Instagram Leans Into QR Codes

QR codes seem to be having a bit of a resurgence. After the format rolled out widely about a decade ago, it’s had disappointing traction. That’s not necessarily because it failed, but because it was massively overhyped initially. It’s done okay for itself, including variations like Snap’s Snapcodes.

Then, at this year’s Superbowl, Coinbase breathed new life into QR codes by demonstrating that they work on a mass scale. Things elevated from there, including increased spending on QR codes in CTV advertising… and additional validation through campaign performance metrics.

Seeing demand signals from all the above, Instagram is the latest to jump on the second wave of QR code interest. It has begun to quietly roll out QR codes as an option to share content on Instagram. That goes for posts, Reels, user profiles as well as locations in its new mapping interface.

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Creators & Consumers

So how does this all work? The option now exists to generate a QR code for things that you discover on Instagram. Users can find this by going to any Reel or post and tapping the three-dot menu to see the option to generate a QR code. On the web, they can also add “/qr” to a post’s URL to do the same.

Once you activate the QR code, it’s then available to distribute in whatever way users want, including sharing digitally with friends or printing in some way for signage or other distribution. This means any Instagram user can do this, but it may be most useful to creators and businesses to boost their content.

The question then becomes why they’d want to do this, as opposed to sharing content in traditional ways, such as liking, tagging, or sharing a URL. The answer is that it’s another option that may be optimal in certain contexts, such as sharing a post outside of Instagram when a URL may be onerous.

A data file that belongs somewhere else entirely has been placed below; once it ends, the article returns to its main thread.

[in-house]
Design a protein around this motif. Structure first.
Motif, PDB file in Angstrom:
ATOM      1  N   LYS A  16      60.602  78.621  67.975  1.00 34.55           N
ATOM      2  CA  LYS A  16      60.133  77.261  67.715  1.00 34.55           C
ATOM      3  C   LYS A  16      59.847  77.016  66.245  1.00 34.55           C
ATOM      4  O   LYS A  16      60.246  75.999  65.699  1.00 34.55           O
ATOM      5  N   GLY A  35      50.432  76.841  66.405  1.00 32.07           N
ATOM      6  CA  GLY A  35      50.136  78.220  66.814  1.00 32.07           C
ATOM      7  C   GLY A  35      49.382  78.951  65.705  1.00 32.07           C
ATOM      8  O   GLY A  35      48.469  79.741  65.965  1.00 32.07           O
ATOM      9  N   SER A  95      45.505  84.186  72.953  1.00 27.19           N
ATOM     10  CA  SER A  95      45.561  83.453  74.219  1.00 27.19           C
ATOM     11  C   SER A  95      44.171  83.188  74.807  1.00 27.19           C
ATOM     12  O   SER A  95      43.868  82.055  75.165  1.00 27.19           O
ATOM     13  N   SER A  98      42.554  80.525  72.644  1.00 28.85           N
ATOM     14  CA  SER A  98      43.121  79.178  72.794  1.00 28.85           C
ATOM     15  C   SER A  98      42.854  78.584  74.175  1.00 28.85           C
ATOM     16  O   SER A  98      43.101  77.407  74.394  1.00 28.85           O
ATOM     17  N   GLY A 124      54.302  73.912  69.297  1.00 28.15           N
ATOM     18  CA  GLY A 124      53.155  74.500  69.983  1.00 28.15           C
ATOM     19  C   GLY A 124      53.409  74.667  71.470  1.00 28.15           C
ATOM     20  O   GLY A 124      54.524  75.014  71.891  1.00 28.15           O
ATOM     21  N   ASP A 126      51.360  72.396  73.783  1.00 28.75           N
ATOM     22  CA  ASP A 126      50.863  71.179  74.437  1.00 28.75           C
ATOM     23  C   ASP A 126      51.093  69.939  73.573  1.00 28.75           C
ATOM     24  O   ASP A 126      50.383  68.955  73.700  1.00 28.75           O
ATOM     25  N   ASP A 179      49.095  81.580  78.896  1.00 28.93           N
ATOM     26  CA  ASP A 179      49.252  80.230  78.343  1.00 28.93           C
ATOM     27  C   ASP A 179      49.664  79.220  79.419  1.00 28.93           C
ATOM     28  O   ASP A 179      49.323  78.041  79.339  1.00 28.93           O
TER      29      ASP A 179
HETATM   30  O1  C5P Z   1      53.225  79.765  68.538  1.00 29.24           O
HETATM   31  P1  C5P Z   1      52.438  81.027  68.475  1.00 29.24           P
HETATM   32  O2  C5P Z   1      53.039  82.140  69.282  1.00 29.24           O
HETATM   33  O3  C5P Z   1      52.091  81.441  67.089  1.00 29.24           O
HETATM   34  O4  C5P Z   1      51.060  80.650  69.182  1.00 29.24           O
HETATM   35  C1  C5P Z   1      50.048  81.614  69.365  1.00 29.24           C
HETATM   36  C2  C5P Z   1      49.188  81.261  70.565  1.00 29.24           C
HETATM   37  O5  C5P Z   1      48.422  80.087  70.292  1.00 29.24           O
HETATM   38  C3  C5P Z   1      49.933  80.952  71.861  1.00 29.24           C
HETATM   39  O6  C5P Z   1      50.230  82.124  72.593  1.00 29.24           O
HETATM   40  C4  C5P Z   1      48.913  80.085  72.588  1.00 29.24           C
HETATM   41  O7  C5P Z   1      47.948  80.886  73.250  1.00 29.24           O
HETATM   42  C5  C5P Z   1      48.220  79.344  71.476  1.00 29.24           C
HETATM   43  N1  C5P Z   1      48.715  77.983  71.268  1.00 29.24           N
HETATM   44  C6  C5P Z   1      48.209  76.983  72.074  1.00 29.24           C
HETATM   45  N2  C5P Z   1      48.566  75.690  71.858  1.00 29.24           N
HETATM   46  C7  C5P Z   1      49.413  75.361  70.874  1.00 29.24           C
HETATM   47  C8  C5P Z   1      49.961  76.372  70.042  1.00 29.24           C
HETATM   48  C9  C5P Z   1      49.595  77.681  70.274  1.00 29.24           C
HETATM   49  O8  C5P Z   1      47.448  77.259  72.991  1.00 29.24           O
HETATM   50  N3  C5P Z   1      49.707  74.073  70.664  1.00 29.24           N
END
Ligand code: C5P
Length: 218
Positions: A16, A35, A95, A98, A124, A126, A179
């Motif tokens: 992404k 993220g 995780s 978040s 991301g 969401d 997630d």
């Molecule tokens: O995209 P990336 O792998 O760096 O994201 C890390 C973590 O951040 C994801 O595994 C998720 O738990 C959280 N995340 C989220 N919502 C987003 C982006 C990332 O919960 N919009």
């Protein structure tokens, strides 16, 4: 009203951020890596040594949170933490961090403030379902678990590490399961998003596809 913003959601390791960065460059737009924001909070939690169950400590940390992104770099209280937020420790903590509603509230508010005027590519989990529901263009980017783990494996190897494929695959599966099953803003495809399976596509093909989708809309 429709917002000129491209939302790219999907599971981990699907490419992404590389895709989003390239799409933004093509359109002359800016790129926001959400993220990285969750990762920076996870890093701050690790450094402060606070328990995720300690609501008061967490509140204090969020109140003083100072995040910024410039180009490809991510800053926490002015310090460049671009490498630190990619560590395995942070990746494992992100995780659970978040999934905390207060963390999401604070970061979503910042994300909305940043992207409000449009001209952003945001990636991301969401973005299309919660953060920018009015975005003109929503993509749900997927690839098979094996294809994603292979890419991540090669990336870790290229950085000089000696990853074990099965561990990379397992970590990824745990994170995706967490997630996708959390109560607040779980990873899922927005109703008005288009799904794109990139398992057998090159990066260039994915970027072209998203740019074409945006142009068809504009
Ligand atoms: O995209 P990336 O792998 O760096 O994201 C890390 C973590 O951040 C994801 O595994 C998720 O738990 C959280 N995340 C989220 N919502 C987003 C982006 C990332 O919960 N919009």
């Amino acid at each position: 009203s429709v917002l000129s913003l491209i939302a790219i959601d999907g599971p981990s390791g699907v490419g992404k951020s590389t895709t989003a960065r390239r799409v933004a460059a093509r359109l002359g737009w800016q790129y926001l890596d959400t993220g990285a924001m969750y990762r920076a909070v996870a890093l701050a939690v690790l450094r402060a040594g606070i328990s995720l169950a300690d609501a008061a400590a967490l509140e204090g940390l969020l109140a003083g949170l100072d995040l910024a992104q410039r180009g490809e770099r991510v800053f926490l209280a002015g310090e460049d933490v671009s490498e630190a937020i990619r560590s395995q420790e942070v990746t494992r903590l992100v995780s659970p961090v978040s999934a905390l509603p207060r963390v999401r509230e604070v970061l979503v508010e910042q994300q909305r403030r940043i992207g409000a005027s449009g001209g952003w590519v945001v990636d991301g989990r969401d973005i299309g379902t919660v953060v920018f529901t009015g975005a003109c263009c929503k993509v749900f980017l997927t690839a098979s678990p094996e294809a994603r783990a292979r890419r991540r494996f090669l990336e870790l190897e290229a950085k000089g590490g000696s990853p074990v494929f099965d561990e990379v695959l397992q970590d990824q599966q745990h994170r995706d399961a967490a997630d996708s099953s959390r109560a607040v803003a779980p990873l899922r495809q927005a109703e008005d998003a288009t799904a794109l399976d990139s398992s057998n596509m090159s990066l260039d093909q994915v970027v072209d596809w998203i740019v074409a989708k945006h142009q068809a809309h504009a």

For this reason, again, QR codes may be more useful to creators than consumers. For example,  businesses on Instagram can market their content in channels outside of Instagram using a QR code instead of a URL. That could include things such as print signage or decals in an SMB’s store window.

Speaking of local commerce outcomes, the new QR codes work for map locations as noted above. As we examined recently, Instagram has launched a new map UX as a way to discover places and things locally in the context of what friends have done/liked. Now map locations can get their own QR codes.

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Known Quantity

It should be noted that Instagram already offered QR codes for user profiles, but this is the first time they’re being applied to content like posts, Reels, and map locations. That begs the question of what content could be next… QR codes could make lots of sense for shoppable items on Instagram.

Meanwhile, applying QR codes to social media follows in the footsteps of Snap. As noted, Snap’s Snapcodes – its own spin on QR codes – have been around for a while. Instagram now wants to replicate some of that traction with its own QR code play, partly accelerated by the format’s recent resurgence.

And it makes sense… though QR codes never revolutionized mobile commerce as initially hoped, the truth is that it’s a common format that’s recognized. This is a key attribute of any format or standard, in that consumers know it when they see it, feel comfortable with it, and know what to do with it.

We’ll see if that works for Instagram, particularly the local business use cases outlined above. Until then, the feature appears to be activated for all users, though Instagram hasn’t fully announced or formalized it yet. We’ll watch closely for signs of that, and for traction among users and SMBs.

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